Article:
Google+ House Revivals: Make These Impossible Paper Spheres {FREE Printable}!

Tuesday, July 31, 2018

Make These Impossible Paper Spheres {FREE Printable}!

While doing some random internet research, a few weeks ago, I found some gorgeous paper spheres at the lovely blog Hattifant.  The editor of Hattifant also found the form while searching the internet, and suspects it is of Scandinavian origin. I was immediately intrigued by the form, and decided to play around with some paper and figure out how to draft my own templates.

After some trial and error, I figured out the math to make these little paper spheres, first making them from vintage book pages. I shared them on my Instagram account, at the time, but I couldn't get the concept out of my mind. I decided to transfer the measurements into CAD, so that I could print out very accurate templates, and experiment with coloring designs.
This turned out to be so much fun, that I decided to create a free printable template for my readers to enjoy! I will share a link to the template at the bottom of this tutorial.

Start by printing your coloring sheet template onto good quality card stock. You can actually make these spheres from ordinary copy paper, but they will be easily crushed and they are a bit more fidgety to make. I highly recommend using good card stock. I used Neenah brand card stock, found here (affiliate link).

Color your template using whatever media you prefer. I used a combination of markers and colored pencils. These Azure markers are my new favorite. You can find them here (affiliate links), and here.

I like to apply a base coat using alcohol markers, then go over them with colored pencils. Here, I used Prismacolor pencils, found here (affiliate link). Don't color the glue tabs, as that might interfere with glue adhesion later on.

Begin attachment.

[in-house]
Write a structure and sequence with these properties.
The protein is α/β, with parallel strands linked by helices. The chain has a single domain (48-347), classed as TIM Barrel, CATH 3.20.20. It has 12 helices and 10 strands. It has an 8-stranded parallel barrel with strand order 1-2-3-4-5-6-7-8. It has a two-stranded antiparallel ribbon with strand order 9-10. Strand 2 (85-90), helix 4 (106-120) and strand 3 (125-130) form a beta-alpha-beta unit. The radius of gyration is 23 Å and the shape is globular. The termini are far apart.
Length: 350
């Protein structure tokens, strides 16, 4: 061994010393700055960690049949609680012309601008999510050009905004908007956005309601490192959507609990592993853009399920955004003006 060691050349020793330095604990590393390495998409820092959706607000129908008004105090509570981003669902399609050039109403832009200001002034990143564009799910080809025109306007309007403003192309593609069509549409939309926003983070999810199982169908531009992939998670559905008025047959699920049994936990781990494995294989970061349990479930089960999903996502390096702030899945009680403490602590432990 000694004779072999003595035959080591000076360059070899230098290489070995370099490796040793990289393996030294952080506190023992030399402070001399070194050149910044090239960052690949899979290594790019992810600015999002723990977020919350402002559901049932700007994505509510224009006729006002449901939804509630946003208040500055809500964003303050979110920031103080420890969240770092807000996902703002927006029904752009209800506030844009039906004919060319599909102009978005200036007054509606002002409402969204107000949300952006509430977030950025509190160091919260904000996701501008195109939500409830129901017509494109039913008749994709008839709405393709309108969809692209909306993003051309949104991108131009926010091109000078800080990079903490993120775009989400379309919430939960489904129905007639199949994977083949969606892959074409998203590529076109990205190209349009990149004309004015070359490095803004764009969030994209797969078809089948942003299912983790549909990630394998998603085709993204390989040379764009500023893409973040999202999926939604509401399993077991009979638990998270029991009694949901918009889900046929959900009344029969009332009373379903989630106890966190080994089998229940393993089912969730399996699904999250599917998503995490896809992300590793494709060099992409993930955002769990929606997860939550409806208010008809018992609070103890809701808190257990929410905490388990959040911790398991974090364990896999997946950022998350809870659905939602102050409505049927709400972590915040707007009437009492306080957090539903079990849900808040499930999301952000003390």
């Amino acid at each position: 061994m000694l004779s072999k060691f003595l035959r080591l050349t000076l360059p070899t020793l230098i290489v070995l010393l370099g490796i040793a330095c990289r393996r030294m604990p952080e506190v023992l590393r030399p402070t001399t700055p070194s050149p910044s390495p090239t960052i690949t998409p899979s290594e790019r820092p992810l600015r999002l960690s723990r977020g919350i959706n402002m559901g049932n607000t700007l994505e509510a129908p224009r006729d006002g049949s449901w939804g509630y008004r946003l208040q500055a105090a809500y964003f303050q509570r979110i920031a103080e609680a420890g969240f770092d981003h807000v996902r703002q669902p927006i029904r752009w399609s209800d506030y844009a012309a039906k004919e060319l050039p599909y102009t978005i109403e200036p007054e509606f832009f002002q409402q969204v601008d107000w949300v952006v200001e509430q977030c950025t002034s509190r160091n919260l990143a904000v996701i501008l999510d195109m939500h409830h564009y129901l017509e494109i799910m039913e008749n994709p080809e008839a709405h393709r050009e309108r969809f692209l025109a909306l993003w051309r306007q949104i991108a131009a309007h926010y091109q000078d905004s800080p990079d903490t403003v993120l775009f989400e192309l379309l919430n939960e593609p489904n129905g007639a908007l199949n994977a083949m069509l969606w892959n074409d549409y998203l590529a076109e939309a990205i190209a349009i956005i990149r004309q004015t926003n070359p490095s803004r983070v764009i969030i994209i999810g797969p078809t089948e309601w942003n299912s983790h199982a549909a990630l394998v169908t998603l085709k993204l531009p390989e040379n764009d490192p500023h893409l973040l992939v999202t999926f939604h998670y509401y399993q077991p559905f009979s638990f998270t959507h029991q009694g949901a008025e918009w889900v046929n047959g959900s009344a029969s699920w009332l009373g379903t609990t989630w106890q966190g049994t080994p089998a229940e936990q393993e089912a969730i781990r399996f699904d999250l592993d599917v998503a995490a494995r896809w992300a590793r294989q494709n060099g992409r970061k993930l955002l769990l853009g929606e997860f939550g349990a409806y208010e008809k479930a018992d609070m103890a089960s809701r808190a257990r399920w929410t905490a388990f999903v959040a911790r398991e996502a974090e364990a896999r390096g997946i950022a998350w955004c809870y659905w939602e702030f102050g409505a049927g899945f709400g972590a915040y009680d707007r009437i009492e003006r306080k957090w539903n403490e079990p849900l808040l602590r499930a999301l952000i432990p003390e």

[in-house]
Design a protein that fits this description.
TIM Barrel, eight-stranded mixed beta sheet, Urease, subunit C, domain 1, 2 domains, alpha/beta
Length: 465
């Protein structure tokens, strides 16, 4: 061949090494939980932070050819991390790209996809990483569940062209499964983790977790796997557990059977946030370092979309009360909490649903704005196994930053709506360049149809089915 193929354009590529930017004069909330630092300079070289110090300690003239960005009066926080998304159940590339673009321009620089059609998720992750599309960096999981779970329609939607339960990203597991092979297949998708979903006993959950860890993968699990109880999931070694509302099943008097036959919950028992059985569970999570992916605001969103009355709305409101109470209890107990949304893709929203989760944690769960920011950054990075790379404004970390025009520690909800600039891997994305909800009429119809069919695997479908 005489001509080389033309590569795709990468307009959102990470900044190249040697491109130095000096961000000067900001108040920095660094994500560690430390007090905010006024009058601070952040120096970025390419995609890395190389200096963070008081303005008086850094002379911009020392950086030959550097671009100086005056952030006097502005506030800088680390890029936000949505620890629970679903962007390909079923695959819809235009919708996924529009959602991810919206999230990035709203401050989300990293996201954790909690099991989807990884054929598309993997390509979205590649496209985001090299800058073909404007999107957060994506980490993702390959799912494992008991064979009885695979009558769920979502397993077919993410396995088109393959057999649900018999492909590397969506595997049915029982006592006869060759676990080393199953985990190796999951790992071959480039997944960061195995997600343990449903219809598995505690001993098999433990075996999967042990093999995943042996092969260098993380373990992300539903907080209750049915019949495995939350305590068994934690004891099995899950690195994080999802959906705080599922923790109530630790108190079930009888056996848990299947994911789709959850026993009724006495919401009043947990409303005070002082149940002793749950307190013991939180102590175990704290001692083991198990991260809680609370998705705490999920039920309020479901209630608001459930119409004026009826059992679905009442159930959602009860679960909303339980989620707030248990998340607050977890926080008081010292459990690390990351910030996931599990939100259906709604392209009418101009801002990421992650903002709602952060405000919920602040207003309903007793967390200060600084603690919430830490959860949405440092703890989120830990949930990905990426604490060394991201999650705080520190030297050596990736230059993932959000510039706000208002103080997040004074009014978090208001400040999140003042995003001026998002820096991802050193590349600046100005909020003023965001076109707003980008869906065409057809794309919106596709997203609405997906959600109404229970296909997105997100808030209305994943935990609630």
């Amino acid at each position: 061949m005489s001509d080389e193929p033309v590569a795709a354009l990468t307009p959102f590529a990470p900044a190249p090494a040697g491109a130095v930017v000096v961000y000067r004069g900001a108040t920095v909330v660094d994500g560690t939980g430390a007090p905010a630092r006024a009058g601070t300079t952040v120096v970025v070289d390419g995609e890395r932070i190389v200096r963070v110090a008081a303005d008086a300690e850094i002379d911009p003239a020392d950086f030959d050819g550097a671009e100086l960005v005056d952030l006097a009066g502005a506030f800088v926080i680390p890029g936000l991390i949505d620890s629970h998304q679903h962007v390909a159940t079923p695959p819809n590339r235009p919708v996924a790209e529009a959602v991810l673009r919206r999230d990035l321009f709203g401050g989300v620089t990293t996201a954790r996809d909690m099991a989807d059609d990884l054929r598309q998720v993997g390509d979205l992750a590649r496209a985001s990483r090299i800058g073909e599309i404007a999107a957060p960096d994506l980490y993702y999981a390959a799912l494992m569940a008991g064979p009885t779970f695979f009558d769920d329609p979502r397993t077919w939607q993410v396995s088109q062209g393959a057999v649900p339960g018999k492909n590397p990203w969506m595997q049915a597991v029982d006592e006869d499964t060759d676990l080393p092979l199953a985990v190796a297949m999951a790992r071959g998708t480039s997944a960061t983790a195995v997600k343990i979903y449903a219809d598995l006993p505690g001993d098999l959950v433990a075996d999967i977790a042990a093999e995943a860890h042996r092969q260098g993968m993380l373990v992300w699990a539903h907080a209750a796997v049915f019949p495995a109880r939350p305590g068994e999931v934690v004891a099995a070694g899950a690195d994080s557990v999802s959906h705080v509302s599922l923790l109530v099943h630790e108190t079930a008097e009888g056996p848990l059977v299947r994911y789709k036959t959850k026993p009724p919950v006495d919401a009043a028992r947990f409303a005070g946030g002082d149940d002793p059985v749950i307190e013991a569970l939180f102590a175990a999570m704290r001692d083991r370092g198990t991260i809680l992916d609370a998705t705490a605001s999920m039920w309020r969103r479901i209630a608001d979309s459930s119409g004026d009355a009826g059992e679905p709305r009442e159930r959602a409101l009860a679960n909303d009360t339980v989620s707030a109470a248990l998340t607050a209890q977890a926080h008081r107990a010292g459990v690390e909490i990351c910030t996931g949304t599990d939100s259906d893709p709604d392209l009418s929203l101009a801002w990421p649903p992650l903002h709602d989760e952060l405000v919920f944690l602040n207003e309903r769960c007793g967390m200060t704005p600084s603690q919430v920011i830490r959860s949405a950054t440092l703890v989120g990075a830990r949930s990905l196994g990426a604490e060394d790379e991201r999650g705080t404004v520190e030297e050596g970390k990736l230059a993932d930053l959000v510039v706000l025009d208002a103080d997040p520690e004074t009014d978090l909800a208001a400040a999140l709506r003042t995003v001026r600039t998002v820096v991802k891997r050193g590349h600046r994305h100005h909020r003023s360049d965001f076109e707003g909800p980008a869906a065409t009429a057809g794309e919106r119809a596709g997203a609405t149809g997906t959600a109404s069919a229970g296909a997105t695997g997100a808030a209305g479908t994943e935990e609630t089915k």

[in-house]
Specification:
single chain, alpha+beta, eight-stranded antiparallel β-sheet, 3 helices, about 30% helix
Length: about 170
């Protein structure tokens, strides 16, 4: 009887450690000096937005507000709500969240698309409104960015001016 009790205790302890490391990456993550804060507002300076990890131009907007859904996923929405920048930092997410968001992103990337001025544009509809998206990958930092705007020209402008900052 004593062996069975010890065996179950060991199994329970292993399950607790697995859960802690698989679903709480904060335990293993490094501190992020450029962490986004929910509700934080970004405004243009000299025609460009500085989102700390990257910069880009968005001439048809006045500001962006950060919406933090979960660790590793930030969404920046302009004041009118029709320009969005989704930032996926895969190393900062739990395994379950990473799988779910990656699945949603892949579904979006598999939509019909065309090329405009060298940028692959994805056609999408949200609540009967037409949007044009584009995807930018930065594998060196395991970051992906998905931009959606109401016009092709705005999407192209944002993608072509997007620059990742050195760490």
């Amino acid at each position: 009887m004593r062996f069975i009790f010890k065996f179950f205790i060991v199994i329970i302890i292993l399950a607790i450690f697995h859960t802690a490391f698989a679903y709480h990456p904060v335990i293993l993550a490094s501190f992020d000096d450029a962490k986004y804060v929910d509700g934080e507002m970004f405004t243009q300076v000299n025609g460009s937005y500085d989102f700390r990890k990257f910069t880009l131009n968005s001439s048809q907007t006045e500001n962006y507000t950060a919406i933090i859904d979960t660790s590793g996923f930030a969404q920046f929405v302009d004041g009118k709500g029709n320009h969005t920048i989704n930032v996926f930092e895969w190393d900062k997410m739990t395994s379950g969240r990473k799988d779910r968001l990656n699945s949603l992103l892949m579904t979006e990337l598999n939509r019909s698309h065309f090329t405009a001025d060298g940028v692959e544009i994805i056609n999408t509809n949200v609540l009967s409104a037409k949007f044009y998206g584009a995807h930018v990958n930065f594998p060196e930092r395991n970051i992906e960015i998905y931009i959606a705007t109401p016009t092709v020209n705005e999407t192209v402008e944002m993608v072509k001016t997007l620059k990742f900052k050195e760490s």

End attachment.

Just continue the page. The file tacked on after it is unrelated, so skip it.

After coloring the sheet, cut out the three strips, along the heavy black lines.

Next, you need to carefully score along the dotted gray lines. Pay close attention, as it's important to score along the correct line to make the geometry work. You can use a stylus or a bone folder, or a dried up ball point pen to score your lines. Practice on a piece of scrap card stock before scoring the strip you spent so much time coloring. This way you will know how hard to press to get a nice indentation without tearing the paper. I find it works best to put stiff foam or a pad of paper underneath the card stock as I score.

Score all three strips, and gently fold along the curved, scored line, to "train" the paper. Then flatten them back out again, as well as you can, as shown above.

Next, form loops from two of the strips, gluing at the glue tabs, to secure.

Place one loop inside the other, crossed, as shown. Note the position of the scored, half-moon sections.

Next, you will thread the last strip through the crossed loops, as shown.

When both ends of the last strip are threaded through, and around, the other loops, as shown above, glue the ends together, using the glue tab.

You will then need to gently coax the last loop around, so that the scored half-moon side is exposed.

When all three strips are oriented so that the scored half moons are showing, you may notice that you have formed a loose cube. That's the secret to this impossible sphere! It's not actually a sphere -- it's a cube, with fancy sides.

Begin gently folding in the paper, along the curved score lines, taking care to line up the intersections/ corners.

Do this to all six sides, then sit back and admire your work.

This project was so addicting, I made several coloring templates, so be watching for them in the coming weeks.

These would make darling Christmas ornaments -- or add them to a mobile! Use them as decor balls, and fill a large bowl with your colored spheres. The possibilities are endless.

To print out your FREE impossible sphere template, click here!

If you enjoyed this post, please subscribe to House Revivals in the sidebar, so you won't miss the fun projects we have planned. Find us on Facebook, too, so you can catch all the "in between" stuff, and see what I'm working on throughout week on Instagram. Feel free to link today's post to all your favorite social media sites.

Thanks for stopping by!